Three Ways to Ensure That You’re Looking at the Right Contact

In business-to-business marketing your models can be misleading because one large company can have many contacts interacting with you in different ways. If you run your model at the contact level you might overstate or understate the value of any one contact and miss the overall value of the company or mail the wrong people.

A consumer household typically has one contact that buys the product, pays for the product, and receives the shipment of the product. If you run your recency, frequency, and monetary (RFM) model on that household you will not go wrong by mailing to the ship-to address rather than the sold-to address.

A business customer, however, can have different people interacting with you in each part of stage of the purchase, payment, and receiving process. You can understate the value of the customer if you run your RFM on the contact level and pull in the ship-to instead of the sold-to records. Similarly, you will waste a lot of catalogs if you mail to the ship-to and not the sold-to record.

What can you do to look at the right contact? There are three steps you can take:

  1. Understand your customer management system. Catalog customer management systems designed for consumer or small-business marketing have only one set of contact information field for each account. They were developed on the assumption that the sold-to person is the ship-to person is the bill-to person. If your business has grown to include larger companies you can usually modify user-definable fields in the customer record of these systems to serve as a meta-account number and contact number. You can link multiple contacts within an account in this way and have a numbering scheme that distinguishes the types of contacts within a business.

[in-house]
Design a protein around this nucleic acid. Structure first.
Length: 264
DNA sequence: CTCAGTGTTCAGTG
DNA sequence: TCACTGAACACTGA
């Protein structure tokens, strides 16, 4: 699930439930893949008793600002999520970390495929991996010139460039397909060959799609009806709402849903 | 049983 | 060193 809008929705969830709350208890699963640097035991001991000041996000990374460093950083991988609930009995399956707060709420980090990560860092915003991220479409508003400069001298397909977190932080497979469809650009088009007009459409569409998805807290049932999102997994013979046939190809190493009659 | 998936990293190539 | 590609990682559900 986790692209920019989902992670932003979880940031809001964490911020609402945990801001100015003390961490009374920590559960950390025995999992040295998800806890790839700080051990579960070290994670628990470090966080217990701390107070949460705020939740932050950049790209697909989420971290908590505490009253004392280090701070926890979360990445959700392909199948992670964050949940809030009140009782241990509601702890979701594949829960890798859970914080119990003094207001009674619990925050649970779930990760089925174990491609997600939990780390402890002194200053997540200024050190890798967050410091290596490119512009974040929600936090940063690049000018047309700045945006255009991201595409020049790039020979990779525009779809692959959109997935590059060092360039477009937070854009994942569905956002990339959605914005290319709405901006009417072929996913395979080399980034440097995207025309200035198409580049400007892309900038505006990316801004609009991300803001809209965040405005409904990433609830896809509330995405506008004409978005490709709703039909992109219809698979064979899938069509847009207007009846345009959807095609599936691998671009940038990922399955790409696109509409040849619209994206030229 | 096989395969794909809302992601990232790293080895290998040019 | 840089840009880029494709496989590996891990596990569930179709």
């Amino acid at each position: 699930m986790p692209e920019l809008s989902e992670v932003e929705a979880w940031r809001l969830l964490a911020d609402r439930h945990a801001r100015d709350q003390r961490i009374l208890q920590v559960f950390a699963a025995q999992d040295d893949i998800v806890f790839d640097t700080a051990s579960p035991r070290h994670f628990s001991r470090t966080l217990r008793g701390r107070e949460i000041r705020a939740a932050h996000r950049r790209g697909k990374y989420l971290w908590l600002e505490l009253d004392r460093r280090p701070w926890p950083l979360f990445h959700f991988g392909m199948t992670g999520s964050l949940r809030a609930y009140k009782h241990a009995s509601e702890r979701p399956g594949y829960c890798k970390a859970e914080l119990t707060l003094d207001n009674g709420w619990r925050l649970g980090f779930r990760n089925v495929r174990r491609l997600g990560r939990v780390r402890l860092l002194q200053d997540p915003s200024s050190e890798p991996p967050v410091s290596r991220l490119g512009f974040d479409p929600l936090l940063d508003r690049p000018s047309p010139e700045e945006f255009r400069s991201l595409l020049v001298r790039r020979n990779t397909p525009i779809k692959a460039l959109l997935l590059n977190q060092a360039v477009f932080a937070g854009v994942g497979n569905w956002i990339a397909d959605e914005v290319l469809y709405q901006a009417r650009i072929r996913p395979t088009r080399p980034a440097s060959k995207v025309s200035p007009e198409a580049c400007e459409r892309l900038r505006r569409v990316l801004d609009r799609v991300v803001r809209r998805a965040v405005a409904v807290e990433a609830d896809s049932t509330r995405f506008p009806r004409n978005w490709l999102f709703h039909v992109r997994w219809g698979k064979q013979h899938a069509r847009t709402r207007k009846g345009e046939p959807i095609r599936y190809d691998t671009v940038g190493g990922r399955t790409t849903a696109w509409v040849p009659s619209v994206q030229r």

2. Keep your system as it is and link the contacts in the merge/purge process. Overlaying your customer file with business hierarchy information will let you link different addresses belonging to the same institution. Databases with information such as Dun & Bradstreet’s DUNS numbers and the Quality Education Data (QED), MCH, and MDR numbering systems for educational and religious institutions can give you the means to combine sold-to, ship-to, and bill-to records into a complete picture of the institutions. You can then run your model at the institutional level to get a correct value for each account. Transaction and shipping dates tied to each contact can help you select which one to mail by picking the earliest record.
  3. Capture the information correctly to begin with. A customer management system that has a flexible record structure to assign an account number and support multiple contacts will give your staff the means to flag the sold-to, ship-to, and bill-to records as the information is keyed in. You can direct your modeling to use the right type of contact so that you can assign a full and accurate value to each customer. The sold-to records can be sent through merge/purge. Your mailings will then have a higher likelihood of reaching the decision maker and resulting in sales.

Bill Singleton, president of Algonquin, IL-based consultancy Singleton Marketing.

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